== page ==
Becoming a Church That Cares Well for the Abused
WHO: Brad Hambrick, who serves as this book’s managing editor, is the pastor of counseling at The Summit Church.
HE SAYS: “If abuse is never mentioned, then ‘I must be the only one’ is the belief of abuse victims in your church.”
THE BIG IDEA: In conjunction with resources and videos at ChurchCares.com, this handbook brings together top experts from various fields to help pastors and ministry leaders understand and implement the best practices for handling a variety of abuse scenarios in churches, schools, or ministries. Book contributors are Rachael Denhollander, Mika Edmondson, Samantha Kilpatrick, Diane Langberg, Chris Moles, Andrea Munford, Karla Siu, Darby Strickland, and Leslie Vernick.
The content is divided into two parts. First is “Key Concepts for Pastors and Ministry Leaders,” which is comprised of four lessons. Second is “Key Concepts From Pastors and Ministry Leaders,” which has eight lessons.
“We want this resource to cultivate awareness that God loves the oppressed and wants to protect them through the church-at-large.”
A CONVERSATION WITH BRAD HAMBRICK
Why is this such a needed resource for churches right now?
There are countless abused people in our churches. Some were abused by church leaders, others were abused by church members in their homes, and still others who were abused by someone not associated with the church. The dominant research would tell us that 20% of any congregation (one in four women and one in six men) have experienced sexual abuse. That is just one form of abuse.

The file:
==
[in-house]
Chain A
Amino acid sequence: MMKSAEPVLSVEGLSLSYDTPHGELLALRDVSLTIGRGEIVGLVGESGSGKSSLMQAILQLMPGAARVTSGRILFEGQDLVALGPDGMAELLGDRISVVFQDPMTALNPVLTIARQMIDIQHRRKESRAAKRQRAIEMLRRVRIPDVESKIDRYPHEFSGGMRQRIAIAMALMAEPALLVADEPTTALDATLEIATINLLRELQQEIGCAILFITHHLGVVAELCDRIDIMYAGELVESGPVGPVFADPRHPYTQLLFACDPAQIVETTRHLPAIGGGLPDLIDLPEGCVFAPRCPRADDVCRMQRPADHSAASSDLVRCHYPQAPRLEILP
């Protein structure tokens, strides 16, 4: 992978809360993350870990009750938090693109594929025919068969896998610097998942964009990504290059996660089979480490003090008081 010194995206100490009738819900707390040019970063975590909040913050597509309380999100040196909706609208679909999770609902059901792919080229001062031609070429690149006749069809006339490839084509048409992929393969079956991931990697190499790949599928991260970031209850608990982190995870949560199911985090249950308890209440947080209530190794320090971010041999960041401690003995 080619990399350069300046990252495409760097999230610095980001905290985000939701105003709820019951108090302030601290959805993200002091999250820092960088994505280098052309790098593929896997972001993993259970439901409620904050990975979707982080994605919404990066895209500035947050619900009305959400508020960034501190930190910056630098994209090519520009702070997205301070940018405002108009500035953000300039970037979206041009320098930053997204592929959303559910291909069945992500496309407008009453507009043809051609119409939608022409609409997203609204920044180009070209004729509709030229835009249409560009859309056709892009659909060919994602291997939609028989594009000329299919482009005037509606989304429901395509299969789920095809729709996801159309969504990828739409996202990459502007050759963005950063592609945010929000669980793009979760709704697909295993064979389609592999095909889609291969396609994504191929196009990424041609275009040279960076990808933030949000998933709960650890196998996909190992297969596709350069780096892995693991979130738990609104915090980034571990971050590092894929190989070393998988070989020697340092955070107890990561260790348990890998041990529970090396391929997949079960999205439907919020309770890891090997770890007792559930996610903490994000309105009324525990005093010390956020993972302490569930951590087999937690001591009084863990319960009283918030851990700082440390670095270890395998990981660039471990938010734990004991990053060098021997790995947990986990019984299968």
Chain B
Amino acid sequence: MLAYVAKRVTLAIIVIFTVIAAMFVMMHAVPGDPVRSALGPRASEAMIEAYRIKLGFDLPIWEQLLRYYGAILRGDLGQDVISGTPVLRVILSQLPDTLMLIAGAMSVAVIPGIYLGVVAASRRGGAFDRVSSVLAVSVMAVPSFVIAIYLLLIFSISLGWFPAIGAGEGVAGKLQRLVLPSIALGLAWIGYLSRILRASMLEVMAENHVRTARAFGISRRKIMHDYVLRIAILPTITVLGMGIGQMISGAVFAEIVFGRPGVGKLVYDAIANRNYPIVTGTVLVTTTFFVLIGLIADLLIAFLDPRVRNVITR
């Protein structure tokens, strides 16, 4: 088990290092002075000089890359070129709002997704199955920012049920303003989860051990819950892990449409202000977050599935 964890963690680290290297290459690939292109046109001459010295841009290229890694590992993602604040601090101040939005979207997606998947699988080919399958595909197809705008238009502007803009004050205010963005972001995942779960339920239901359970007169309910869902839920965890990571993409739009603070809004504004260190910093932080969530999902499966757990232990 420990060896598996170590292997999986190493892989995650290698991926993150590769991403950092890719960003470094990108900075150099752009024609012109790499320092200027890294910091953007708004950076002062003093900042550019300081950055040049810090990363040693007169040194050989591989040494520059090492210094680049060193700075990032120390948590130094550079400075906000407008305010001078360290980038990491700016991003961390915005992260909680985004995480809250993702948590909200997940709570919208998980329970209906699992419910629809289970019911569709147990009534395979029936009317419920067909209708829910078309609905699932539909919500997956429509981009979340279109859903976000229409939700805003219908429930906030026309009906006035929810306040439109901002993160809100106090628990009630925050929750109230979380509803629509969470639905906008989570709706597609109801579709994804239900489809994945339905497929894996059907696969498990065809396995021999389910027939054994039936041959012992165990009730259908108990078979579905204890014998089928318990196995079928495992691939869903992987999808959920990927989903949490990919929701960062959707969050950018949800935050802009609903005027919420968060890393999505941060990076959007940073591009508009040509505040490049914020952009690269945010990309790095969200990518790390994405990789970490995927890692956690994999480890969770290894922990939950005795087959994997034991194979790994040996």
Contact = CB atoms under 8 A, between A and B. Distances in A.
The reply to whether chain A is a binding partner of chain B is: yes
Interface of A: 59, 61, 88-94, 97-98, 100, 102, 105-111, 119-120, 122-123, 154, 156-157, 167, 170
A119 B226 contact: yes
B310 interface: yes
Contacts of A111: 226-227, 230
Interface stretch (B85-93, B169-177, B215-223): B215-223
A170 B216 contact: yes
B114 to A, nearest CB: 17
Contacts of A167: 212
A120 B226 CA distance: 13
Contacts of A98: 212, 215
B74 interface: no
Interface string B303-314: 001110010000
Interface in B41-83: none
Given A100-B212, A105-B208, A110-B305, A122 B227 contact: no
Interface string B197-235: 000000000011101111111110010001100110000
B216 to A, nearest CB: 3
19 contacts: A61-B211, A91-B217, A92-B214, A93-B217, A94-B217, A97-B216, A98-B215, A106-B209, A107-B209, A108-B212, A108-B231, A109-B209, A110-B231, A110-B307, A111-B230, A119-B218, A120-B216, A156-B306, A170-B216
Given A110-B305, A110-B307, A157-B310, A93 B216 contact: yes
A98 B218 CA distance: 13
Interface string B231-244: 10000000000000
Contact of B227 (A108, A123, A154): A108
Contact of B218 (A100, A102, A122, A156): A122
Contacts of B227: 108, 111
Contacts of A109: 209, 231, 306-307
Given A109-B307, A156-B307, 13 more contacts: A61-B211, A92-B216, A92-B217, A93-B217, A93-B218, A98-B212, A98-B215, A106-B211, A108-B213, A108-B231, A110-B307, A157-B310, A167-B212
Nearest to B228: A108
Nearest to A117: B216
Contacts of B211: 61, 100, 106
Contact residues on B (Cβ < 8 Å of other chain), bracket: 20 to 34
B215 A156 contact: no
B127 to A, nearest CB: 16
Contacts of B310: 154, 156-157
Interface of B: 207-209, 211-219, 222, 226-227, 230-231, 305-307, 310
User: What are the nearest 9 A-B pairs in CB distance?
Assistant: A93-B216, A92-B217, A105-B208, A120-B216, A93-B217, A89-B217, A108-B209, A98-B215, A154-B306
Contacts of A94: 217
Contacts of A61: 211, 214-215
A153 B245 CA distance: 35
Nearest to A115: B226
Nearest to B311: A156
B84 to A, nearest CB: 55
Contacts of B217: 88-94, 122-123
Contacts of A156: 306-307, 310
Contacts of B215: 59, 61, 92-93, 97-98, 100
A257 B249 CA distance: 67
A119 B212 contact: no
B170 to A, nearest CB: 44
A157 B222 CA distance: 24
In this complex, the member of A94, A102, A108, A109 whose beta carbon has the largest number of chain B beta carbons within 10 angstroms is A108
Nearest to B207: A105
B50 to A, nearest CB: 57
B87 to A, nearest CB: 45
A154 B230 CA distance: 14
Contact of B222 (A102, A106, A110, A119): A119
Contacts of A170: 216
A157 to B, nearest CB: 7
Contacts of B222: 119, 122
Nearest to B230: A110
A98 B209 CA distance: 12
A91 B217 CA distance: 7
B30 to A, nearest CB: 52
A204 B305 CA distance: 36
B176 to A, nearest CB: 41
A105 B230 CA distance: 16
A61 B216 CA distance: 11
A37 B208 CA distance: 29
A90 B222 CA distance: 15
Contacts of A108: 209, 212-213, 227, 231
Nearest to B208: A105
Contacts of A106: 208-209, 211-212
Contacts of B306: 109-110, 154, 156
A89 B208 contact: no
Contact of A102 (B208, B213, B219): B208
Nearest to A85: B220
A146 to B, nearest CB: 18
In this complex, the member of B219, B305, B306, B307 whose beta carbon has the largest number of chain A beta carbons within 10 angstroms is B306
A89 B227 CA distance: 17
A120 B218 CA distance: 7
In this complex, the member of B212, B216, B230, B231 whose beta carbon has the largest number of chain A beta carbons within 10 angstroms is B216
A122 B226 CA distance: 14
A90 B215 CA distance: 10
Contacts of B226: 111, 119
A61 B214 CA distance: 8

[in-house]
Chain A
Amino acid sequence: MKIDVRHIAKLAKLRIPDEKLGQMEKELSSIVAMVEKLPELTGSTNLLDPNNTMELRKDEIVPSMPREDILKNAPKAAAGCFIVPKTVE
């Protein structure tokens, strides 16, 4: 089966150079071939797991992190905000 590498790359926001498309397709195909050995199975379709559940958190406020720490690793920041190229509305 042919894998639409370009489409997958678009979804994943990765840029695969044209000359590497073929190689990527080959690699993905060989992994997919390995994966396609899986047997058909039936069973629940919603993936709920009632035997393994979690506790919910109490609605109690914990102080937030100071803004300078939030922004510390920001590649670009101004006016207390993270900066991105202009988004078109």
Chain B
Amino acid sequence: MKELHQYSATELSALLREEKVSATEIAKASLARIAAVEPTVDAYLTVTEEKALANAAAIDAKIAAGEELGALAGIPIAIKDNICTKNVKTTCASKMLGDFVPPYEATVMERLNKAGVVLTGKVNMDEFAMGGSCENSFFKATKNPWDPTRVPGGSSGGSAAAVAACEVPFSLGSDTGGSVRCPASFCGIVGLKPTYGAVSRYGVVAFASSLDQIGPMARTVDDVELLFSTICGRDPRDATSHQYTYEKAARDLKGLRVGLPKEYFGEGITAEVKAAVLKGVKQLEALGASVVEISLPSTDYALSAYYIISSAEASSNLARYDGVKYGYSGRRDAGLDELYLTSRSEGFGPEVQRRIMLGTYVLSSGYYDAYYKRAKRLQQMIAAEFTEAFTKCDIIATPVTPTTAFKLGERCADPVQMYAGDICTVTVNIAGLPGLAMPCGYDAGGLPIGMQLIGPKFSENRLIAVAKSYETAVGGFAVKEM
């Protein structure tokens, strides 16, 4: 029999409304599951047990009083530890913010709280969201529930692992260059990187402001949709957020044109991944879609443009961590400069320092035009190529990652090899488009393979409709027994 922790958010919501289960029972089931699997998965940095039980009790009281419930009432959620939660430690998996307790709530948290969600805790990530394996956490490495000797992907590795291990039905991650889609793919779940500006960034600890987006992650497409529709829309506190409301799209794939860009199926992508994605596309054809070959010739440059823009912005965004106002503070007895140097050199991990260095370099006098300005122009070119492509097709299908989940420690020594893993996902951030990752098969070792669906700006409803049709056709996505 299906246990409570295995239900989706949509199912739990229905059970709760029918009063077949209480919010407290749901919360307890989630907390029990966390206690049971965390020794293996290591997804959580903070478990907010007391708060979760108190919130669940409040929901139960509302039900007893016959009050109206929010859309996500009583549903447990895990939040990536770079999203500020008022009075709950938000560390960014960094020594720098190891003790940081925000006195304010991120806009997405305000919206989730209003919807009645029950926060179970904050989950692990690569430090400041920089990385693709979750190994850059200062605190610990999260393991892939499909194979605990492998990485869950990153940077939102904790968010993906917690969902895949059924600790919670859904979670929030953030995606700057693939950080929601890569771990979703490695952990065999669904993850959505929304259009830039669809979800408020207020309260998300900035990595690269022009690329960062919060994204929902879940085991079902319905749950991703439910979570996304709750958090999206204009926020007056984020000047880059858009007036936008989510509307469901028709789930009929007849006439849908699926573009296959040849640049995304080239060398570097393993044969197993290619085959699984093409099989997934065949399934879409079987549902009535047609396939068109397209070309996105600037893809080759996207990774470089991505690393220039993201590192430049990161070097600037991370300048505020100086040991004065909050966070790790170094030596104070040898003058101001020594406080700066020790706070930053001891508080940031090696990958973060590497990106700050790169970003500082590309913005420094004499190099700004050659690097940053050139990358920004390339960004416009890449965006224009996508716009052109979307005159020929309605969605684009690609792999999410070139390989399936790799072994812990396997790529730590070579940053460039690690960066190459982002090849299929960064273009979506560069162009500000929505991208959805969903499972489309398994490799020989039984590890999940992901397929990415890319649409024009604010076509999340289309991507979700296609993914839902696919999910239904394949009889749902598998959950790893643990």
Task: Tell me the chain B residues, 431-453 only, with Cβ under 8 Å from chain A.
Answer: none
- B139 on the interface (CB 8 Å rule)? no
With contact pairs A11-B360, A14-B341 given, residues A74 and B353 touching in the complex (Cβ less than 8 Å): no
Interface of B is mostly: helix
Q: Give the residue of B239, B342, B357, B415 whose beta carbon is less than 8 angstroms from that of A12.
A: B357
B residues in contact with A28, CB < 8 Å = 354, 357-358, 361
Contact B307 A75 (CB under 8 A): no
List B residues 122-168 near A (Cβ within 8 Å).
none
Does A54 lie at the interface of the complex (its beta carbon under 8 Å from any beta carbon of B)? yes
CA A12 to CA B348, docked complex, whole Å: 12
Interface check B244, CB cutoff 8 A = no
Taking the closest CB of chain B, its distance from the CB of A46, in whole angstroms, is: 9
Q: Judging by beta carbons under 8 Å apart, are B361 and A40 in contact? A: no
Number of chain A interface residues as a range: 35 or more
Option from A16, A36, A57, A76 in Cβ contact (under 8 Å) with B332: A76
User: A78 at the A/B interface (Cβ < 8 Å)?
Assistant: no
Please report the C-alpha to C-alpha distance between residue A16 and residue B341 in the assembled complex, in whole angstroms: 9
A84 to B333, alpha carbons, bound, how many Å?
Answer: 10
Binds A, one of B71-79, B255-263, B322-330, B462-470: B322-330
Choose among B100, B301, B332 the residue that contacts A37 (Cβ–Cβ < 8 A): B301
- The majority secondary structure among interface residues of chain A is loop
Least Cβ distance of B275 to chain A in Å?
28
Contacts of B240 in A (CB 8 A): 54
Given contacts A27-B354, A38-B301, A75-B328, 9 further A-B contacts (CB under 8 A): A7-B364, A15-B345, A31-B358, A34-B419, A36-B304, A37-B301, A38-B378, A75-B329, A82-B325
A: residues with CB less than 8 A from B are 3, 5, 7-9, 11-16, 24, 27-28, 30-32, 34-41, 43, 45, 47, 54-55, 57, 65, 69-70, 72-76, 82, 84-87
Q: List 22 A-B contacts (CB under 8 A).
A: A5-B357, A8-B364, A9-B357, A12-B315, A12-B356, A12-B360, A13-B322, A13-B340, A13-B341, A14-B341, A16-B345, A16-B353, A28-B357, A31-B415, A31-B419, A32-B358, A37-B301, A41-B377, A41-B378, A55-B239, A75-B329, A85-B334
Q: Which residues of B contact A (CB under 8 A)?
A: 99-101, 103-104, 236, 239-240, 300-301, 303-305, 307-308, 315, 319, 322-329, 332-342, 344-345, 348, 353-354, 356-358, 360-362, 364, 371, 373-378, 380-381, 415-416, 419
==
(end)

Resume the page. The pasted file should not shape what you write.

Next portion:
If as pastors we are going to be faithful shepherds, we cannot remain uninformed and unskilled in how to care for those who have been abused. We cannot wait until we learn of abuse to try to get informed. We must equip ourselves now. As we become informed, I believe it will help us own the weight of not being equipped sooner and respond with humility and repentance towards those who have been hurt by the church’s failures.
How can churches best use this resource and the accompanying video training and website?
As a ministry considers how to use this resource, I would suggest three approaches.
Study. Watch each video while following along with the handbook. As you study, focus both on the content and tone. We need to know what to do, but it is equally important to hear that content shared by people who have had hundreds of these conversations. In ministry moments we want to represent Christ accurately in tone and content.
Share. Ministry leaders are encouraged to share particular videos with key lay leaders in their church. This is to ensure that all the key leaders in your church—paid staff and volunteers—know how to respond when someone discloses their experience of abuse.
Listen. Finally, and this may be most impactful, invite a survivor of abuse to study the curriculum and share with you what stood out most to them. Hearing how these principles would have made a difference in their life will cement them in your memory and convictions. Getting to share their story with a pastor.